But at the end of January they were ordered back to the Suez Canal in preparation for their imminent deployment to France. The Division arrived at El Qantara by train in early February and then marched to camp at Moascar. They left Moascar for Alexandria by train on March 1st to sail for France on March 4th.


Throughout their time in Egypt, during 1916 and 1917, there was little danger from hostile forces, their main threat being sickness and disease brought on by unsanitary conditions and the harsh summer climate of the Sinai desert.

Rank No. 1st Name MI Surname When How
Pte. 2088 WILLIAM H COOKE1 19-Jan Died
Pte. 1744 ANTHONY SHERIDAN 25-Feb Sickness
Pte. 3260 JAMES W MANSFIELD1 7-Apr Sickness
Pte. 2327 THOMAS SMITH 26-Apr Bomb
Pte. 3244 ERNEST CHADDERTON 26-Apr Bomb
Pte. 3483 JOHN HEGGINBOTTOM 27-Apr Shot
Pte. 3029 TOM A CARR 2-May Died
Pte. 2341 PERCY NICHOLSON 13-May Died
Pte. 3987 HARRY H KERRICK 28-Oct Sickness

Note 1: These men died and were buried in the UK (St. Paul’s Church Stalybridge and Dukinfield Cemetery respectively) and so it is highly unlikely that they served in Egypt in 1916.

On March 4, 1917, the same day that the Battalion embarked for France, the final Egyptian casualty, Private JAMES KERR (1984), died of pneumonia in Hospital in Ismailia.  He was buried at the Ismailia War Memorial Cemetery.


During 1916 several Officers and men were officially recognized for their long exemplary service and for individual acts of bravery in Gallipoli as prior recommendations worked their way through the honours process.

On January 28, 1916 the following men of the 1/9th Manchester Regiment were mentioned in despatches for their part in the Battle of Krithia Vineyard.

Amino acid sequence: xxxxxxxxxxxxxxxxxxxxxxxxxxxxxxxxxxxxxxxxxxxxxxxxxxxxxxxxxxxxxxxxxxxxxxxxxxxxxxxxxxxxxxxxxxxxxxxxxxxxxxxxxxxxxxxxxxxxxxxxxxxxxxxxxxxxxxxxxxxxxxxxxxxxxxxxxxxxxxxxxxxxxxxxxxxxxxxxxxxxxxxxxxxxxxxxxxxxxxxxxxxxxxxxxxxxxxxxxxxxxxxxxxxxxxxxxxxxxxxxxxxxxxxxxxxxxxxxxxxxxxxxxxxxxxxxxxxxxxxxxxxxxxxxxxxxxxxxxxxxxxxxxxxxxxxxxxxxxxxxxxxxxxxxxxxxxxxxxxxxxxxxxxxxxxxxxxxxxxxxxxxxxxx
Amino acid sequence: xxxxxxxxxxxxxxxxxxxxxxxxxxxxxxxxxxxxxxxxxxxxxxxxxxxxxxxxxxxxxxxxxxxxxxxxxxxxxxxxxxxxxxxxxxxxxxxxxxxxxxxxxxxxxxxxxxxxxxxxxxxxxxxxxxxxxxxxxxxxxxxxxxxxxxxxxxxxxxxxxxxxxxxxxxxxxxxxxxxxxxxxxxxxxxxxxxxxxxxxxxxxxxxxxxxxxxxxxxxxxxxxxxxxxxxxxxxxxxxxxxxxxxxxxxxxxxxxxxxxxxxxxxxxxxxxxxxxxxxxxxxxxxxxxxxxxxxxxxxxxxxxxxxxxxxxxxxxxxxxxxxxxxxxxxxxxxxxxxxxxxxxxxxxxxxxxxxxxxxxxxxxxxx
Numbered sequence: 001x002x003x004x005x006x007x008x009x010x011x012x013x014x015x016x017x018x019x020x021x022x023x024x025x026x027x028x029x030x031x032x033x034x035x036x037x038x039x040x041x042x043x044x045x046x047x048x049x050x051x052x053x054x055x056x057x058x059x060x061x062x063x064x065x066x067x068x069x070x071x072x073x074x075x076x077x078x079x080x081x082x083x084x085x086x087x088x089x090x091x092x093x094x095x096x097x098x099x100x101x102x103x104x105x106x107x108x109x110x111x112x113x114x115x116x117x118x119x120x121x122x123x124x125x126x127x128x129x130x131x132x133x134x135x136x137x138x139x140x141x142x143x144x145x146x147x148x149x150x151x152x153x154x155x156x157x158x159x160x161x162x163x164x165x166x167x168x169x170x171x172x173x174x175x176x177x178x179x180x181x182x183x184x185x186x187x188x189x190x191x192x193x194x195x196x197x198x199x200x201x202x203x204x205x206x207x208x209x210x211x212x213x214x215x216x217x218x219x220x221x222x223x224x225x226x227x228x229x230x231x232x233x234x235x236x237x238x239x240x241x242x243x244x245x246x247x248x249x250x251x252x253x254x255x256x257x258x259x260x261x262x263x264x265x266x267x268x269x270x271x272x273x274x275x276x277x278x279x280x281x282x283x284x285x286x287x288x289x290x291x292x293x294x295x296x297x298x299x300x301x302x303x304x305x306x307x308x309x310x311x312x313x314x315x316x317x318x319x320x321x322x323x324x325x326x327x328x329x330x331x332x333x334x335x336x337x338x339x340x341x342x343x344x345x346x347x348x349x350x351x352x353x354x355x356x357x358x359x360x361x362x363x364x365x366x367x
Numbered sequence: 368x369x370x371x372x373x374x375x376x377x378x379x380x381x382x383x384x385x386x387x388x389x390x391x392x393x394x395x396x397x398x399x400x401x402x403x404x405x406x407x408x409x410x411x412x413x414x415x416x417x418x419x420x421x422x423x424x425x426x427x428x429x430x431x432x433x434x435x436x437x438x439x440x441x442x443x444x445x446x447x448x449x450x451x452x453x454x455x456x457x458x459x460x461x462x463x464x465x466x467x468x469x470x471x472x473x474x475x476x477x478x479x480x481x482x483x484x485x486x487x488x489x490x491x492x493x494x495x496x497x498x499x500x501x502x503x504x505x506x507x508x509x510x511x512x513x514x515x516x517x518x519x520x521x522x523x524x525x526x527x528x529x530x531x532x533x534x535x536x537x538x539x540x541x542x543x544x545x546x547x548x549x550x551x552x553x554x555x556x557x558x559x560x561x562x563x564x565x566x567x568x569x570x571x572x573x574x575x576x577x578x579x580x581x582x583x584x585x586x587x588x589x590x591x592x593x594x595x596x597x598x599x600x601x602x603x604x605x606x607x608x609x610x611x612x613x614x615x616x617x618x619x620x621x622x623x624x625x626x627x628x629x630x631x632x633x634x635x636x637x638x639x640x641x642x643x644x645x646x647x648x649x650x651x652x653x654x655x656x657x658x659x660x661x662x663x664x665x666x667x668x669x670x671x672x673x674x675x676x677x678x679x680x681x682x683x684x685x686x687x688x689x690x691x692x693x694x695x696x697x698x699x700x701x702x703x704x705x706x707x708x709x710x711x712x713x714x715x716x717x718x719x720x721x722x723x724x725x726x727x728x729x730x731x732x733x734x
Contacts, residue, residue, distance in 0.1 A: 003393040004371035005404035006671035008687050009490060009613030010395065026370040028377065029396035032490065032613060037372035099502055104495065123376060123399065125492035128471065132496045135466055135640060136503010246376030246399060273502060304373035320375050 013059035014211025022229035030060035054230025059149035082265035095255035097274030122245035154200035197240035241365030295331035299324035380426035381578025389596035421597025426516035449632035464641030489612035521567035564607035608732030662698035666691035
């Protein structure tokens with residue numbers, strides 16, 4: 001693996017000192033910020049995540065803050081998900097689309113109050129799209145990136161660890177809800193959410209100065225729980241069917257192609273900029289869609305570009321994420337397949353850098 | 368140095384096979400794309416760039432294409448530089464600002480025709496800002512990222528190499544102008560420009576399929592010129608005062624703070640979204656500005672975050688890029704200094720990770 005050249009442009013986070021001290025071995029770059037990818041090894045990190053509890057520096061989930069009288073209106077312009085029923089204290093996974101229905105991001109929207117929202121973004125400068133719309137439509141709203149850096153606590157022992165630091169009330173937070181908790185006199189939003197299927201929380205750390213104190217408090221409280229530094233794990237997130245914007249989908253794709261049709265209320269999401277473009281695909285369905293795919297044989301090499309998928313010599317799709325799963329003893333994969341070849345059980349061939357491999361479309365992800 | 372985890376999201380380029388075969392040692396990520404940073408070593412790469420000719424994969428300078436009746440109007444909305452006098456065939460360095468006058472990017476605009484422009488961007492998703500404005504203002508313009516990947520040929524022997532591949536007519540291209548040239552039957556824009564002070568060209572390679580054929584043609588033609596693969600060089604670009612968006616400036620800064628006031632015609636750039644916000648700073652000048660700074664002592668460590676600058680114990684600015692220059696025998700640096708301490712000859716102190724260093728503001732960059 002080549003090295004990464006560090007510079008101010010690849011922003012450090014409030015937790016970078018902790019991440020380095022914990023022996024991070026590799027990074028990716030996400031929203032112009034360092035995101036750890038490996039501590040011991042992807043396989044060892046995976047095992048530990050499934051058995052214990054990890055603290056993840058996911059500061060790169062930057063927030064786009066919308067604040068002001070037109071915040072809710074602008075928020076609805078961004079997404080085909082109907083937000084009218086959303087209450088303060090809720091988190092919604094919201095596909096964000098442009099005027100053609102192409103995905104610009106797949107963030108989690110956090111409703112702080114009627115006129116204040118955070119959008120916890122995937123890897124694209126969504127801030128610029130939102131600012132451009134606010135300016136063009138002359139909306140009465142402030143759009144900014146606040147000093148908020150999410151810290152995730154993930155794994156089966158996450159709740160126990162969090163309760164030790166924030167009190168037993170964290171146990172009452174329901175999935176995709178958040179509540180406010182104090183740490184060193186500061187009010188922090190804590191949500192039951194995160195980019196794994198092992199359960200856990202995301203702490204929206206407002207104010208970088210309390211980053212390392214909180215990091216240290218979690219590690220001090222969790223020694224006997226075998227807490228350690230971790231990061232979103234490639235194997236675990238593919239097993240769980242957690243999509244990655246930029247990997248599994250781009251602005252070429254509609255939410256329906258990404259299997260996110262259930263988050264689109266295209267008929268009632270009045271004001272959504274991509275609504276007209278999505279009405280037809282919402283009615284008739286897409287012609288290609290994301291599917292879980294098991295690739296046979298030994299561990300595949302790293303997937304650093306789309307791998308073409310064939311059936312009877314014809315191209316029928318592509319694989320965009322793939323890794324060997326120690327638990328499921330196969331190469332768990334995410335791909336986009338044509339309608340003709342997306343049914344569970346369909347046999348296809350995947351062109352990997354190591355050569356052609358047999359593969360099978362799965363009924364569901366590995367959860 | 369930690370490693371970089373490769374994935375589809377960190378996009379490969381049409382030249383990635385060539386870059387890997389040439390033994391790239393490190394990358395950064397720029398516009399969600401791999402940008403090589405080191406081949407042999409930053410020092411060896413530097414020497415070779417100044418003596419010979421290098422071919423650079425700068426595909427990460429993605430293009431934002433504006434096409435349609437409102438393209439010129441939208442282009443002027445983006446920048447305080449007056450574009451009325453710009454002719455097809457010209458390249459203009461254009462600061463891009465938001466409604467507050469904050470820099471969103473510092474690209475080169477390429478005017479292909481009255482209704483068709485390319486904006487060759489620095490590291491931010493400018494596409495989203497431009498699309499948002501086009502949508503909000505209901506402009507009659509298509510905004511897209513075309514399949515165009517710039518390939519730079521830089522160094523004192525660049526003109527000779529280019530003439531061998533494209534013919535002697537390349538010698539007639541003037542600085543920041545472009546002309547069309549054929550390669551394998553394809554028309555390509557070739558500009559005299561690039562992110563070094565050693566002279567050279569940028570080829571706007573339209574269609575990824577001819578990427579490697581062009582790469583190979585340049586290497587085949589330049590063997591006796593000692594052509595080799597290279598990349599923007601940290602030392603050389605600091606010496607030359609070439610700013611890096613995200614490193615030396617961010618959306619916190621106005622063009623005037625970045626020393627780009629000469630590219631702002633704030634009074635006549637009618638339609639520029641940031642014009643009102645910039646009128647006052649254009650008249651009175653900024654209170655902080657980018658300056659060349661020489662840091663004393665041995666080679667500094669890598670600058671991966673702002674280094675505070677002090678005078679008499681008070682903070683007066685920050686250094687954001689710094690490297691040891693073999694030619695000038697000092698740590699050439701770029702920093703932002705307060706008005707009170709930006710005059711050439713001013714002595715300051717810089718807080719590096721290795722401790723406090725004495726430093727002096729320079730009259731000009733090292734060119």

Second Lieutenant (temporary Captain) O. J. Sutton
Lieutenant W. T. Forshaw, V.C.
Second Lieutenant C. E. Cooke.
No. 180 Sergeant S. Bayley.
No. 2103 Corporal T. Pickford.
No. 2148 Lance-Corporal S. Pearson.
No. 1294 Private F. Chevalier.
No. 1160 Drummer H. Broadhurst.

In February, information was received that Capt. O. J. SUTTON and 2/Lieut. E. COOKE had each been awarded the Military Cross, and L/Cpl. PEARSON and Cpl. PICKFORD the D.C.M.

In August the Battalion received orders which in part contained the following entries:

Qtr. Mr. & Hon Major CONNERY                – awarded Military Cross
No 1792               L/Cpl. DAVIES A.               – awarded D.C.M.
No 1623               Sgt. GREENHALGH J.     – awarded D.C.M.
No 1083               Pte. LITTLEFORD S.       – awarded D.C.M.

1792 L/Cpl. A. DAVIES, DCM
For conspicuous gallantry when covering a retirement under a very heavy fire at a few yards range. [Gazetted June 21, 1916 for the actions of December 19, 1915]

For conspicuous gallantry when covering a retirement under a very heavy fire at a few yards range. [Gazetted June 21, 1916 for the actions of December 19, 1915]

For conspicuous gallantry in flinging a lighted bomb over the parapet, and thus probably saving many casualties. He was himself wounded in the arm by the explosion. [Gazetted June 21, 1916]

Desert Glossary:

Sabkha:                A salt flat with a thin crust and very muddy underneath.

Hod:                      A planting of palm trees, a palm grove.

B’ir:                        A well from which water can be pumped to the surface.

Kathīb:                 A large sand dune or other elevation less than 300m.


1/9th Manchesters 1914-15

1/9th Manchesters 1917-18